Intel this morning added Apple to its collection of desktop computers that have Intel inside. A hug between the chief executives for the two companies (Jobs and Otellini) on stage at Apple's World Wide Developer Conference in San Francisco sealed the deal.
Apple computers will start using Intel chips by next year, with the last models making the switch by 2007, Jobs said.
Switching chip architectures isn't trivial. Both Apple and all outside software developers have to recompile their code to work on the Intel Macs.
While Apple has already done this – in fact the company for the past five years has had a version of its OS X operating system that works on Intel chip for a "just in case" scenario, Jobs said. The executive even used an Intel equiped Mac computer running OS X during his keynote presentation (photo on the left - click for enlargement). It's now up to the third party developers to do the same.
Jobs pulled executives from Microsoft and Adobe on stage and had them commit to the Intel version of the software. But although this is a great first step, there is sill a long way to go before users have access to the same software on Mac for Intel as they do today.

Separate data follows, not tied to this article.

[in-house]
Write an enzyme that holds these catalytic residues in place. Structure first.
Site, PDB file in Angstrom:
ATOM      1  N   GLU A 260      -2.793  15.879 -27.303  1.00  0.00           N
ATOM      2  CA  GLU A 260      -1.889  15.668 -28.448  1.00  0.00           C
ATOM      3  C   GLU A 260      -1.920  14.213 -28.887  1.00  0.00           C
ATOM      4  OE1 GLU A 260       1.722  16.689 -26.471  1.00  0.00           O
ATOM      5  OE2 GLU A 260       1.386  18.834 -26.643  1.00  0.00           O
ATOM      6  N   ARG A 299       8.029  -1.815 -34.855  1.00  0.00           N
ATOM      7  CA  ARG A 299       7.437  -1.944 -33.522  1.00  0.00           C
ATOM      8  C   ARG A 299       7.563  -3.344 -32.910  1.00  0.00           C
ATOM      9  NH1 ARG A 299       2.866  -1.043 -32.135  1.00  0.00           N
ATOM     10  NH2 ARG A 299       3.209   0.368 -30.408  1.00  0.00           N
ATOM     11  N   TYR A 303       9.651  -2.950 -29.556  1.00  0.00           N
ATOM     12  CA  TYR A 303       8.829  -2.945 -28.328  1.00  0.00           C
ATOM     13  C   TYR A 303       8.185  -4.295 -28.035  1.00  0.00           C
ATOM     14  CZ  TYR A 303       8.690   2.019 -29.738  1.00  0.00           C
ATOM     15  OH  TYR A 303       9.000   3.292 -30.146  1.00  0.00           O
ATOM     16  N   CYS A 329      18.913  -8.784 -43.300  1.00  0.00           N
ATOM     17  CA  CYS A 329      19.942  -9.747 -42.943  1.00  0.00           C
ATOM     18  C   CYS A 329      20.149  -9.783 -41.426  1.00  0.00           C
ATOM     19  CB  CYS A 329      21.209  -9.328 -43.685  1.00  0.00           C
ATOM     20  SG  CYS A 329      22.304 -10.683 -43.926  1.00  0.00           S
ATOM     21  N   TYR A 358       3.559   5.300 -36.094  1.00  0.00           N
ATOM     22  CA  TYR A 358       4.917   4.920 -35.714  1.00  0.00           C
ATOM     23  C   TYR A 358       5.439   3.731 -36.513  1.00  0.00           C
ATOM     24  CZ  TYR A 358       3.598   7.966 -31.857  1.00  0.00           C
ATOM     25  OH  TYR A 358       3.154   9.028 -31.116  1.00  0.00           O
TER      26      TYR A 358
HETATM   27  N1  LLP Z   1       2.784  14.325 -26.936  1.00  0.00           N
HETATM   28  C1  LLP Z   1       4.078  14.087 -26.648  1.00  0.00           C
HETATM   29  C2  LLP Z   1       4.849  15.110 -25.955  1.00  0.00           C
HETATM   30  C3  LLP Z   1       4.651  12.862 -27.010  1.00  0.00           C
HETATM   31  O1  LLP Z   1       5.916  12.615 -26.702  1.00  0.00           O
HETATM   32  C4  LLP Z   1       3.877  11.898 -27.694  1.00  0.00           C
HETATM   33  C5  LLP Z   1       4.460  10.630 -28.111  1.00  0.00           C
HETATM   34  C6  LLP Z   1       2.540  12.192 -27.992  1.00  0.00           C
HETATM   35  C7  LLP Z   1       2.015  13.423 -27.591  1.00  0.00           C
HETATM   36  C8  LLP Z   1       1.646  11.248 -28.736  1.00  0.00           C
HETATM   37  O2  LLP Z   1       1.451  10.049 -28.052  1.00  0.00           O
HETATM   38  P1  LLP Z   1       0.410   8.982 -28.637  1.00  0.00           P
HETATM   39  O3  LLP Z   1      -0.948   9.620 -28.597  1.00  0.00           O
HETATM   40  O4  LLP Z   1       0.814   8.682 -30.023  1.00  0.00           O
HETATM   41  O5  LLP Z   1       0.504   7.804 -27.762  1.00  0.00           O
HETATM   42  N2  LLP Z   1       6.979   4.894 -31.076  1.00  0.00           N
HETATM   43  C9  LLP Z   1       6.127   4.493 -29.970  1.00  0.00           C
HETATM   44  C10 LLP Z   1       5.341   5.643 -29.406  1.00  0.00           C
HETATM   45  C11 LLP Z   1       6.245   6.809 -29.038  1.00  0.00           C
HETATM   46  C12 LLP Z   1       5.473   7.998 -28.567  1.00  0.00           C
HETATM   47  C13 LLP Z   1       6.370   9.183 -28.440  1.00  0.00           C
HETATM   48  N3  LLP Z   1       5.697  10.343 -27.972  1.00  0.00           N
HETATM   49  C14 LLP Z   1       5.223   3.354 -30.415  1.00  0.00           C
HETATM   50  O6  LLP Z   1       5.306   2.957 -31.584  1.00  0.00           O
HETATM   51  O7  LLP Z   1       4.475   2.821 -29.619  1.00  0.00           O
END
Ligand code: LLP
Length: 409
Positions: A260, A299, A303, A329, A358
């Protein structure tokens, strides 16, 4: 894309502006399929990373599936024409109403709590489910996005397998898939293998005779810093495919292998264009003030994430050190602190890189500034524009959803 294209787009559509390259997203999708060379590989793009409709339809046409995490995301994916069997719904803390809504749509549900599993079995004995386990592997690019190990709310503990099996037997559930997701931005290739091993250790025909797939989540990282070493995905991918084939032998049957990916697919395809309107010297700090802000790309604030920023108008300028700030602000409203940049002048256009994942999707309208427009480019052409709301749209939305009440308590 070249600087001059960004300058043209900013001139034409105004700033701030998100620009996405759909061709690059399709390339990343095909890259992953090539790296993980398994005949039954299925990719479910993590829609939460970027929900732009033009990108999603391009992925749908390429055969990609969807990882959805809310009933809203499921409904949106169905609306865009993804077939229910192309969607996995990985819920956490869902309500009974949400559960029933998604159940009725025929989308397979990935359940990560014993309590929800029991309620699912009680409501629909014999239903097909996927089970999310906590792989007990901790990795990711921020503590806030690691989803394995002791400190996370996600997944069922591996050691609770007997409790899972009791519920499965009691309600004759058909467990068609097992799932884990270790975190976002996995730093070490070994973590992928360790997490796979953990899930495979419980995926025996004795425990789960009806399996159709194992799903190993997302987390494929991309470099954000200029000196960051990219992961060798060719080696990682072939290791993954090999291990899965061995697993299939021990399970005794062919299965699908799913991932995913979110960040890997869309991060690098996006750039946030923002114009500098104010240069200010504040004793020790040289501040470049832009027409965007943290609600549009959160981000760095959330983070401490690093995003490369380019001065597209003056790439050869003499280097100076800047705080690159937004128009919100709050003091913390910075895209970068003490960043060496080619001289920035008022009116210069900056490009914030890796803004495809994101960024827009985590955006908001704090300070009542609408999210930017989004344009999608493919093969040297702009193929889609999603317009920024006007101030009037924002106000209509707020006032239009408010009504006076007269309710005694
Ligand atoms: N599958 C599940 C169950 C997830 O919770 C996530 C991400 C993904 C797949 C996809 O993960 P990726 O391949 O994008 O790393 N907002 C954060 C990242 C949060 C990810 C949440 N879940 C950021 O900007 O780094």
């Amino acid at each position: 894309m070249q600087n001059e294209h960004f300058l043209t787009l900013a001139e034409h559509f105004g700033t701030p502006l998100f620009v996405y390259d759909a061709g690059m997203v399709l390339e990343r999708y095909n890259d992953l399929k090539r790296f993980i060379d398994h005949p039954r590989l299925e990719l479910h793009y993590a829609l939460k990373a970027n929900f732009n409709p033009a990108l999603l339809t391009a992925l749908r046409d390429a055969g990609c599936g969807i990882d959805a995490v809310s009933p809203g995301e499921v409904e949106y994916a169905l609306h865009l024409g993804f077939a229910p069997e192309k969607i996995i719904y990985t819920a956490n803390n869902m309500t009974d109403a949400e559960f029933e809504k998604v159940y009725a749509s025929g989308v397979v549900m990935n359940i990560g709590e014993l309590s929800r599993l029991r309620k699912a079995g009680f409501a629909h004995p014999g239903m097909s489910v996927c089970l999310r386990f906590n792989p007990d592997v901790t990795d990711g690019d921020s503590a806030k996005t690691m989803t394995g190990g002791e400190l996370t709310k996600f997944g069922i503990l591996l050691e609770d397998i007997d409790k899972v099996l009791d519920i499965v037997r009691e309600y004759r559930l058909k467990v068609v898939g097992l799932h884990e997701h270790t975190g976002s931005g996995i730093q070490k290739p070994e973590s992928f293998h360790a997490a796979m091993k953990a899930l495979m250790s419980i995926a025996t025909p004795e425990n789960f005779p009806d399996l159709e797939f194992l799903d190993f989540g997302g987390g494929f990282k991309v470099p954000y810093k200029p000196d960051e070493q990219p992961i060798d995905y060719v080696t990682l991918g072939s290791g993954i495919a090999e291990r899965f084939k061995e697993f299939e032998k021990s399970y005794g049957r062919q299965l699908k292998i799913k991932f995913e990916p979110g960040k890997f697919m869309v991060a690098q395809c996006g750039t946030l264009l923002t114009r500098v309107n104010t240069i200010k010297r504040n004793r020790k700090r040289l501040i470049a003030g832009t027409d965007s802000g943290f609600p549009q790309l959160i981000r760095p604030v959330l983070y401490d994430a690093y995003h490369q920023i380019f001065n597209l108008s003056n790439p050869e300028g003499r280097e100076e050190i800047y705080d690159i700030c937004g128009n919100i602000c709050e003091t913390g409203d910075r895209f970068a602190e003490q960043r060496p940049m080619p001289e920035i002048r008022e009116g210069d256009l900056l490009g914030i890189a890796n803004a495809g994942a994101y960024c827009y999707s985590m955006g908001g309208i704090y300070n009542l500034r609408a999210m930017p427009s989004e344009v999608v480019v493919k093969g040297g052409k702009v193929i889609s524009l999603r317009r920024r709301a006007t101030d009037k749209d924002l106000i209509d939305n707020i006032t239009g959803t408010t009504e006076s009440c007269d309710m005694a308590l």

Some developers will decide simply not to create an Intel version of older versions of their software. And although Apple has created a tool dubbed "Rosetta" that will emulate code for Power on Intel systems, emulation tends to cost processing power.
Apple must feel that the pain of switching should be worth it. With dual core processors coming to Intel, the increase in processing power might just offset the emulation loss.
Paul Otellini, CEO of Intel, embraces Apple CEO Steve Jobs.
Paul Otellini laughingly remebers how Apple and Intel used to trash each other's products.
Some parts of Atacama have not received rainfall for 500 years - but a sudden deluge of water upset the Desert's delicate biological balance
Spitzer Space Telescope could not spot Oumuamua, suggesting that it is actually pretty small
Greenland crater one of the 25 largest impact craters on Earth
This long-sought progenitor star was identified in an image captured by Hubble in 2007